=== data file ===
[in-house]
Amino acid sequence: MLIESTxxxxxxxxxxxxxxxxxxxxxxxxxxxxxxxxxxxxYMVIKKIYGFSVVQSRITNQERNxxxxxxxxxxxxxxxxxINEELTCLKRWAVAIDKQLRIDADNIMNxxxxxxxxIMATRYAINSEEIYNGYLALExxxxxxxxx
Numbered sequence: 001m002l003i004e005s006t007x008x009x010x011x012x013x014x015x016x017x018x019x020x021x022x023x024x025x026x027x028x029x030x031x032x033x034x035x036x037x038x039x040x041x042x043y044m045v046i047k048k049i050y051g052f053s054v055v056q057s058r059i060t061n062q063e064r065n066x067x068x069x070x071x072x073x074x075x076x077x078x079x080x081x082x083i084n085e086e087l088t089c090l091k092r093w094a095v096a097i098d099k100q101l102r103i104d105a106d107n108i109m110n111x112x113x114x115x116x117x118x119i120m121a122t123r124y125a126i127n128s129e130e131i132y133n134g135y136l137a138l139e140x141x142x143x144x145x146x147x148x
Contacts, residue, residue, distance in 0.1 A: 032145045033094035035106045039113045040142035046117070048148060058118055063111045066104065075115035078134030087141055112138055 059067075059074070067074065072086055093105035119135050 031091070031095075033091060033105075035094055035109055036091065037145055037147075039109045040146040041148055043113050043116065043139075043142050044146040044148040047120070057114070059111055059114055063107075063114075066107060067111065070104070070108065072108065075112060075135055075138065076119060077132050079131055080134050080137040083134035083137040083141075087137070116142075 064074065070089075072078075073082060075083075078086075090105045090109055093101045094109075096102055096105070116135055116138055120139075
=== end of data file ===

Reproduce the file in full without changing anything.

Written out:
[in-house]
Amino acid sequence: MLIESTxxxxxxxxxxxxxxxxxxxxxxxxxxxxxxxxxxxxYMVIKKIYGFSVVQSRITNQERNxxxxxxxxxxxxxxxxxINEELTCLKRWAVAIDKQLRIDADNIMNxxxxxxxxIMATRYAINSEEIYNGYLALExxxxxxxxx
Numbered sequence: 001m002l003i004e005s006t007x008x009x010x011x012x013x014x015x016x017x018x019x020x021x022x023x024x025x026x027x028x029x030x031x032x033x034x035x036x037x038x039x040x041x042x043y044m045v046i047k048k049i050y051g052f053s054v055v056q057s058r059i060t061n062q063e064r065n066x067x068x069x070x071x072x073x074x075x076x077x078x079x080x081x082x083i084n085e086e087l088t089c090l091k092r093w094a095v096a097i098d099k100q101l102r103i104d105a106d107n108i109m110n111x112x113x114x115x116x117x118x119i120m121a122t123r124y125a126i127n128s129e130e131i132y133n134g135y136l137a138l139e140x141x142x143x144x145x146x147x148x
Contacts, residue, residue, distance in 0.1 A: 032145045033094035035106045039113045040142035046117070048148060058118055063111045066104065075115035078134030087141055112138055 059067075059074070067074065072086055093105035119135050 031091070031095075033091060033105075035094055035109055036091065037145055037147075039109045040146040041148055043113050043116065043139075043142050044146040044148040047120070057114070059111055059114055063107075063114075066107060067111065070104070070108065072108065075112060075135055075138065076119060077132050079131055080134050080137040083134035083137040083141075087137070116142075 064074065070089075072078075073082060075083075078086075090105045090109055093101045094109075096102055096105070116135055116138055120139075